Brave Like That – Lindsey Stoddard – HarperCollins – Published June 2 2020
Cyrus Olson’s dad is a hero—Northfield’s former football star and now one of their finest firefighters. Everyone expects Cyrus to follow in his dad’s record-breaking footsteps, and he wishes they were right—except he’s never been brave like that. But this year, with the help of a stray dog, a few new friends, a little bit of rhythm, and a lot of nerve, he may just discover that actually…he is.
Lauded as “remarkable” by the New York Times Book Review, Lindsey Stoddard’s heartfelt stories continue to garner critical acclaim, and her latest novel will have fans new and old rooting for Cyrus and Parker’s special bond and the courage it helps them both to find.
Brave Like That is the same kind of feel-good, heartwarming, uplifting book as Wonder. Brave Like That is utterly delightful to read and I can’t wait to share this with our middle-grade readers.
Cyrus knows very well the story of the night he was found on the steps of the firehouse. He knows how his father had every intention of finding him a new home but decided to keep him. Cyrus has grown up in that firehouse, just as much a part of the fire crew as his dad and the other firefighters. When he discovers a dog, which he names Parker, on the steps of the firehouse, on the eve of his own discovery, he knows that dog belongs with him. He just doesn’t know how to convince his dad, nor how to tell him that he doesn’t actually like football and he would never be brave enough to actually be a fireman. With football season just starting, a new student in school who is being bullied, changes in his friendship group, and the ultimate desire to fight for Parker, Cyrus will have to discover if he can be the kind of brave that stands up for what is right.
I adored everything about this book. It is so easy to read, the story just unfolds and I didn’t want to put it down. There are so many important messages in this book and while they are pretty clearly outlined by Cyrus, the book doesn’t feel self-righteous. Cyrus learns a lot in the book and I was cheering him on every step of the way.
I think middle-grade readers will relate to the struggle Cyrus faces. Starting middle school brings changes in routine, structure and friendship groups. Cyrus doesn’t like the way his friends are acting, especially when they start picking on the new student, but Cyrus isn’t sure how he should go about changing or saying anything. Sam, the new female firefighter at the station, starts to give him some ideas when she challenges the treatment she receives from some of the other firefighters. Cyrus also learns a lot from reading Wonder, and I loved that Wonder is referenced in this book because the two books are going to appeal to the same bracket of readers.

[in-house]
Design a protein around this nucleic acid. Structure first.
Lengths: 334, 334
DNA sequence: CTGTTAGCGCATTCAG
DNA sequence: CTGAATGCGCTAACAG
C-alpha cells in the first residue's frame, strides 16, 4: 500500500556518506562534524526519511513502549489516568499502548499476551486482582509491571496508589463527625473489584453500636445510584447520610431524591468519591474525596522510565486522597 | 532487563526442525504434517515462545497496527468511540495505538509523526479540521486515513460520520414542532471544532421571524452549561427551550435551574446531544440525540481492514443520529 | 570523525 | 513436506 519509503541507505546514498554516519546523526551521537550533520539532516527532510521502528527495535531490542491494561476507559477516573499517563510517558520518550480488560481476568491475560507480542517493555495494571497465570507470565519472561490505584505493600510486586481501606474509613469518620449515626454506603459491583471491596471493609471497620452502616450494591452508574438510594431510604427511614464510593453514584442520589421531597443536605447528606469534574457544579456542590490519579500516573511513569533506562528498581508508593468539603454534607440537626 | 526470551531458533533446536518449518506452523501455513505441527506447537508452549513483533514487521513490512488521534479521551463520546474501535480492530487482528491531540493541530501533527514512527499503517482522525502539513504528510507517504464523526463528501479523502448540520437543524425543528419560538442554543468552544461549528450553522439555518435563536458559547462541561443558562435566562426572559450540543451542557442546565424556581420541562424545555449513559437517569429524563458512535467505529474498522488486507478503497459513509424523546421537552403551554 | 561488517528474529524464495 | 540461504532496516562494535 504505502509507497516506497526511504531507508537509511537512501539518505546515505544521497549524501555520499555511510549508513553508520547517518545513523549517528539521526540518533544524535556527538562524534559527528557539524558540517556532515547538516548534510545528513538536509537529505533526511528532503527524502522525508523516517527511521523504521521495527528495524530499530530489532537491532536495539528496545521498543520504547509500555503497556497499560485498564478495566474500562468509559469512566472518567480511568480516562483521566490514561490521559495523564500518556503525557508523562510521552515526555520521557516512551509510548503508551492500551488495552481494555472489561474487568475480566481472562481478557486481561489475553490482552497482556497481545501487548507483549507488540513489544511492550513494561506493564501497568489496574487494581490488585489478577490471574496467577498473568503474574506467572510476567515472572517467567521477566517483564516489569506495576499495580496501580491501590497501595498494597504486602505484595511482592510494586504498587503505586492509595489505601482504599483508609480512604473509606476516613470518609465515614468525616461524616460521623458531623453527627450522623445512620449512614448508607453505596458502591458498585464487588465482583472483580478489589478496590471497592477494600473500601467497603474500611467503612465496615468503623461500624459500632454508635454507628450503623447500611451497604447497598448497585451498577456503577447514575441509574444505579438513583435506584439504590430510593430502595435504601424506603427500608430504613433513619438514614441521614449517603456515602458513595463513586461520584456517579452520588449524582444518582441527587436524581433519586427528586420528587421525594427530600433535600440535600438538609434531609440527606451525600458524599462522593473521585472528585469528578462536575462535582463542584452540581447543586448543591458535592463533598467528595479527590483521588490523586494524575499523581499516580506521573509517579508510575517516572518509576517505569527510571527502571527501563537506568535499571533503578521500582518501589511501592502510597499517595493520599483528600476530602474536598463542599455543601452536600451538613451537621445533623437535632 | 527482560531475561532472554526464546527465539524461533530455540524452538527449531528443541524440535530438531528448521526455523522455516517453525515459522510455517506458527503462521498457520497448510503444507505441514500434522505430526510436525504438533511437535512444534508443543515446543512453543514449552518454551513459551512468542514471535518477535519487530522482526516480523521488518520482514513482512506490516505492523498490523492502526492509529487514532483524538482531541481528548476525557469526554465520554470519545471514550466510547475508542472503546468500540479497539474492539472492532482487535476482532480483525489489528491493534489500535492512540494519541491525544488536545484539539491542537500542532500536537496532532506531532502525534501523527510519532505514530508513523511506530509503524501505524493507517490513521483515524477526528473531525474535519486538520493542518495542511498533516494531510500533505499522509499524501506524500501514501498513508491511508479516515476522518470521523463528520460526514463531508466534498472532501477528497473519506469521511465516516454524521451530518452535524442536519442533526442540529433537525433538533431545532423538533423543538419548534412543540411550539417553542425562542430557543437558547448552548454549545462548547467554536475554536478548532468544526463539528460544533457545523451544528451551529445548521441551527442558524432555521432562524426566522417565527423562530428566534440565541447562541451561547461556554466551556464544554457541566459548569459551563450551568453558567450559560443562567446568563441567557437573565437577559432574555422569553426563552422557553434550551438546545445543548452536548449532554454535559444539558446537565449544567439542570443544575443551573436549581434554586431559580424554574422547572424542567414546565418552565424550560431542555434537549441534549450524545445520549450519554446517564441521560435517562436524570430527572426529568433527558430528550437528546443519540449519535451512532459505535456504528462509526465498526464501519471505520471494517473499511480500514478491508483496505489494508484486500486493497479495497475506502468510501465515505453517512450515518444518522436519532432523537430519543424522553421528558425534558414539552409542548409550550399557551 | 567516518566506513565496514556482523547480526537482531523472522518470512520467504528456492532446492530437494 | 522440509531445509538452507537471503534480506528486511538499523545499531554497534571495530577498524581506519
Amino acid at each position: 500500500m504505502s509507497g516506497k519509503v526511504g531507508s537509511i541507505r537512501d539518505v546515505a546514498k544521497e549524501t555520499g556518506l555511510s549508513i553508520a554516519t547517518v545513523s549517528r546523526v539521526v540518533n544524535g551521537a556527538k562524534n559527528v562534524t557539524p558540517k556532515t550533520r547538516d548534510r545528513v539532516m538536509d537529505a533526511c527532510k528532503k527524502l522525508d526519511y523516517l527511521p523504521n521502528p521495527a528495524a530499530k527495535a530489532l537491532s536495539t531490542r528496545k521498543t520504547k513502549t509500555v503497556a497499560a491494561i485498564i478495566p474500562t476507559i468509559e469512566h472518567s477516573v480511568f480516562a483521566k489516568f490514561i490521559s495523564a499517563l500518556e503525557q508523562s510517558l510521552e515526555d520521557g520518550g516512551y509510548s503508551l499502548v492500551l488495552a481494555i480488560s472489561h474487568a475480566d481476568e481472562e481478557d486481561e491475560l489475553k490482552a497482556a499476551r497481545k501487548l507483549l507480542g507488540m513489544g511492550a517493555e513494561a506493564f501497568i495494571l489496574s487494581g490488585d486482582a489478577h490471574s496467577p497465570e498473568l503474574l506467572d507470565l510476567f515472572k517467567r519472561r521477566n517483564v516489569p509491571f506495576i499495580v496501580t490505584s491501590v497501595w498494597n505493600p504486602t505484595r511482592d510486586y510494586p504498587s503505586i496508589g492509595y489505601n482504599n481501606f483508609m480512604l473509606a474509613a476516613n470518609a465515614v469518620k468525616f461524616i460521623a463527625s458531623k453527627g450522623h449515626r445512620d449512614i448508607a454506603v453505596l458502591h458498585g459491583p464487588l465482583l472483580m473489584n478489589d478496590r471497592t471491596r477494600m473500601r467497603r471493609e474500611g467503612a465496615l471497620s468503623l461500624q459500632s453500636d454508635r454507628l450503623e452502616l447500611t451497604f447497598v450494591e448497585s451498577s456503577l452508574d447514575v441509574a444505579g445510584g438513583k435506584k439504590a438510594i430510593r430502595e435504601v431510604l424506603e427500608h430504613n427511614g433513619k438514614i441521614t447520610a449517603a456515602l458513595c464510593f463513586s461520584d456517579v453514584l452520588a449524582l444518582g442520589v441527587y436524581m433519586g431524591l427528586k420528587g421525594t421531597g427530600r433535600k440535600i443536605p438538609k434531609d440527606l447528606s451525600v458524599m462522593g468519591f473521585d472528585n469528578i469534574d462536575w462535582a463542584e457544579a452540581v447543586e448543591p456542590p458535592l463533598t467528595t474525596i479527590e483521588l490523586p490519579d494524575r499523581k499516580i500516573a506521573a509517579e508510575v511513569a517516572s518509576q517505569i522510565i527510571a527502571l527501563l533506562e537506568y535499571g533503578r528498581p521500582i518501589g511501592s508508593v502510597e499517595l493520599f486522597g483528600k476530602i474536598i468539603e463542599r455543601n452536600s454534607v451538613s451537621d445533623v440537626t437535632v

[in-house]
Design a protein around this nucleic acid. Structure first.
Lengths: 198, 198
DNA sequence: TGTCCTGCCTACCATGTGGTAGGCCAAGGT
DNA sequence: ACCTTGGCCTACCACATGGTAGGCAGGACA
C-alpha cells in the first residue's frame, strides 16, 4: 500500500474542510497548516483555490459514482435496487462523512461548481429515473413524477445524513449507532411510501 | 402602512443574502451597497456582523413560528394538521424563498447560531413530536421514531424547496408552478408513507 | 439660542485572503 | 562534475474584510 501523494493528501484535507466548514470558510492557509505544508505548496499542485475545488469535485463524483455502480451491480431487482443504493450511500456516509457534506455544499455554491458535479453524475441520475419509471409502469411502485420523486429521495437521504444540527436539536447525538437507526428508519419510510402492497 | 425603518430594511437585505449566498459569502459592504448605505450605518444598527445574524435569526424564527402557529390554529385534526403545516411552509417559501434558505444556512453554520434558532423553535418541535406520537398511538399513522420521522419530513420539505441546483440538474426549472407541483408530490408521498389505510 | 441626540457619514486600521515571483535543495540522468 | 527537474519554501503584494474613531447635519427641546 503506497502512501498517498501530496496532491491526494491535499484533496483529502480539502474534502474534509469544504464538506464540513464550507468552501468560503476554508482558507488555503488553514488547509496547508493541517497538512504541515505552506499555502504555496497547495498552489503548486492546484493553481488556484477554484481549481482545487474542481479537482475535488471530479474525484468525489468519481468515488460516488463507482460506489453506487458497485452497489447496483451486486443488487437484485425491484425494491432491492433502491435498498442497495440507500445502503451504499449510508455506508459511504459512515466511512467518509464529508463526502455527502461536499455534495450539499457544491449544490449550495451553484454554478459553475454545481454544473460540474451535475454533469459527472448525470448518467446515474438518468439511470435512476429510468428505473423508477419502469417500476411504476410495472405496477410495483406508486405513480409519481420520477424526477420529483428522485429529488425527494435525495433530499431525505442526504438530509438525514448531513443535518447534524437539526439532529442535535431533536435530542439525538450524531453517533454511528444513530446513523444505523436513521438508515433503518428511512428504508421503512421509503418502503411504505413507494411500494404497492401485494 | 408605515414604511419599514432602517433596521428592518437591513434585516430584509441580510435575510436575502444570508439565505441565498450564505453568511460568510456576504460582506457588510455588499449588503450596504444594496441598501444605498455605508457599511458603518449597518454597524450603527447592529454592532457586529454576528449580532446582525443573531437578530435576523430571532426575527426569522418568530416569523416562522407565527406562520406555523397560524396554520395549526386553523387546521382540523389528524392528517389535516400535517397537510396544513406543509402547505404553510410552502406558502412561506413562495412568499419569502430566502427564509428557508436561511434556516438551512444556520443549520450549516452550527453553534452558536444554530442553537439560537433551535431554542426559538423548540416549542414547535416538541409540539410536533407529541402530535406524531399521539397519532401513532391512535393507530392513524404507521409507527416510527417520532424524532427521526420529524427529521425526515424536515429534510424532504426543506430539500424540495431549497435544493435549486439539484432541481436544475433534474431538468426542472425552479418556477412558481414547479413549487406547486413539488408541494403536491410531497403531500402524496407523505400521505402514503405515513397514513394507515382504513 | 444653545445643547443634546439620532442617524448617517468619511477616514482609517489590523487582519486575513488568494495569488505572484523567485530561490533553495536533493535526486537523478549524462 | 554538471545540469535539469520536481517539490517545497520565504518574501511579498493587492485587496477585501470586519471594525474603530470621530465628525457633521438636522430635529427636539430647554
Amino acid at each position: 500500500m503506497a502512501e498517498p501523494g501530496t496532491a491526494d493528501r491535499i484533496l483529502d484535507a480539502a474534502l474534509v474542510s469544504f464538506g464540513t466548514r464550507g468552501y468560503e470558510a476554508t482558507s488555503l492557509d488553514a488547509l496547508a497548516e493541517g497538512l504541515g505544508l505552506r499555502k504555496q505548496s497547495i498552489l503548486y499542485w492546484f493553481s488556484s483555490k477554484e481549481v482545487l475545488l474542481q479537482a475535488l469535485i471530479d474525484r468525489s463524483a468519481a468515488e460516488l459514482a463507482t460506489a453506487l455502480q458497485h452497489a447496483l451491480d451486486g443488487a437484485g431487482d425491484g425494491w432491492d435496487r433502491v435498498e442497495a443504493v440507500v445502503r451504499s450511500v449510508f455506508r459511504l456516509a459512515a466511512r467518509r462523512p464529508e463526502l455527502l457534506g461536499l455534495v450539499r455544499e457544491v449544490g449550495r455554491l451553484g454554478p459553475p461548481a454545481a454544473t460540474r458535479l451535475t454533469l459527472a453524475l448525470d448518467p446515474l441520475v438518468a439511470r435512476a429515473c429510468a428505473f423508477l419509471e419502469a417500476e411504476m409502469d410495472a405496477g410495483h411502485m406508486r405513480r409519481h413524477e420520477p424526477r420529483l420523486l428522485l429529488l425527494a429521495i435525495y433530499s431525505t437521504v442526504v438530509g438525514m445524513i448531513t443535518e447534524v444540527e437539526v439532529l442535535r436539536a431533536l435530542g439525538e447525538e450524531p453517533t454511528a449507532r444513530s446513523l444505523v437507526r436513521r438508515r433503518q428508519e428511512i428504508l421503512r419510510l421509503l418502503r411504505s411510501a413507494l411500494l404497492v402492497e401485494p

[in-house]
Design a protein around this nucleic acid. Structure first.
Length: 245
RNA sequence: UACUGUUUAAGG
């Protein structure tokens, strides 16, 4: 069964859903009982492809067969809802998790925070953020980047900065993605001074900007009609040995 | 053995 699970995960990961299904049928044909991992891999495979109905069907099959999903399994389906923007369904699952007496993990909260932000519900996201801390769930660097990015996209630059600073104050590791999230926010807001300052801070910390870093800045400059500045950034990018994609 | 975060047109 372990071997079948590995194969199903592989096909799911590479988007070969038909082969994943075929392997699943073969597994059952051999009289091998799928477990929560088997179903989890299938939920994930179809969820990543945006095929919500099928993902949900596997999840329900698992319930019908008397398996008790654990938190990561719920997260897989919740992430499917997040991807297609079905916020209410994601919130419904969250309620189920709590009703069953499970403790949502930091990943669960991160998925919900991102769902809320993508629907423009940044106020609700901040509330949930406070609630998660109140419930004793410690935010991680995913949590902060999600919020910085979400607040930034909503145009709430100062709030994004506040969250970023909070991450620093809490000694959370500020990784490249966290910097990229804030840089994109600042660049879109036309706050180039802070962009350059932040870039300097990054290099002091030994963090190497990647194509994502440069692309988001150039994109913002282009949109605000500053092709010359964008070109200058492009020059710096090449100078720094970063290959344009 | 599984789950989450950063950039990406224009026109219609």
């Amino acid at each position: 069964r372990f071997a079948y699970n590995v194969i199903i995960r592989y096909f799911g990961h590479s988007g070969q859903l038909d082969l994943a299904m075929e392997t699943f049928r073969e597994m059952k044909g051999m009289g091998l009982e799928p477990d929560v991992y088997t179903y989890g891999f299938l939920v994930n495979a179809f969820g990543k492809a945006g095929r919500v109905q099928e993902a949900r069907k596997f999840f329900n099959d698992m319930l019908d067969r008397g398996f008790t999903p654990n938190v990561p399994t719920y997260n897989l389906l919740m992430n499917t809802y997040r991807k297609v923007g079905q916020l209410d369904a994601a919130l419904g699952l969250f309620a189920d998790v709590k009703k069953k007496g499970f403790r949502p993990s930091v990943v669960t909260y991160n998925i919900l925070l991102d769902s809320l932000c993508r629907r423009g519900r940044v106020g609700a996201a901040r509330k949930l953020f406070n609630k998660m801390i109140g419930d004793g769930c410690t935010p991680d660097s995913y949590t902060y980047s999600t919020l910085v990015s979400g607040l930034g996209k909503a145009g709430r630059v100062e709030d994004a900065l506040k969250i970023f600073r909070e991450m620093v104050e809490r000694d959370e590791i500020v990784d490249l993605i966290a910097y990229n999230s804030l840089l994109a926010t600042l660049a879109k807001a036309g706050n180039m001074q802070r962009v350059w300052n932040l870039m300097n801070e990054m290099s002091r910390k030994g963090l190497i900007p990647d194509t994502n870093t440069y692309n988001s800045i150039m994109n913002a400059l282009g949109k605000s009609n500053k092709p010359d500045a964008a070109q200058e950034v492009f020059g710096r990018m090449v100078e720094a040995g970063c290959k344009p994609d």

I adored Cyrus’ grandmother. After suffering a stroke, she can’t speak, but Cyrus knows exactly what she is saying and her pearls of wisdom, kindness and good humour are a wonderful addition to the book. I loved that Cyrus enjoys spending time with his grandmother and so highly values this relationship.
Cyrus is adopted and his feelings about this are delicately reflected in his love for and desire to fight for Parker. A note for animal lovers: it’s safe to read this book. It has a happy ending and no need for tears aside from one or two happy tears. Cyrus may not be a football player like his dad, might not be destined to be a firefighter, but he is still very much a part of his family and special in his own unique and awesome ways.
I could go on forever about each part of this book that I enjoyed, because I loved all of it. I can’t wait to get this into the hands of our readers and I think parents and teachers will love it just as much.
The publishers provided an advanced readers copy of this book for reviewing purposes. All opinions are my own.
Category: Children’s fiction, Middle-grade fiction.
Themes: Family, adoption, dogs, firefighters, bullying, reading, football.
Reading age guide: Ages 8-12.
Published: 2 June 2020 by HarperCollins
Format: Hardcover, ebook, audiobook. 272 pages.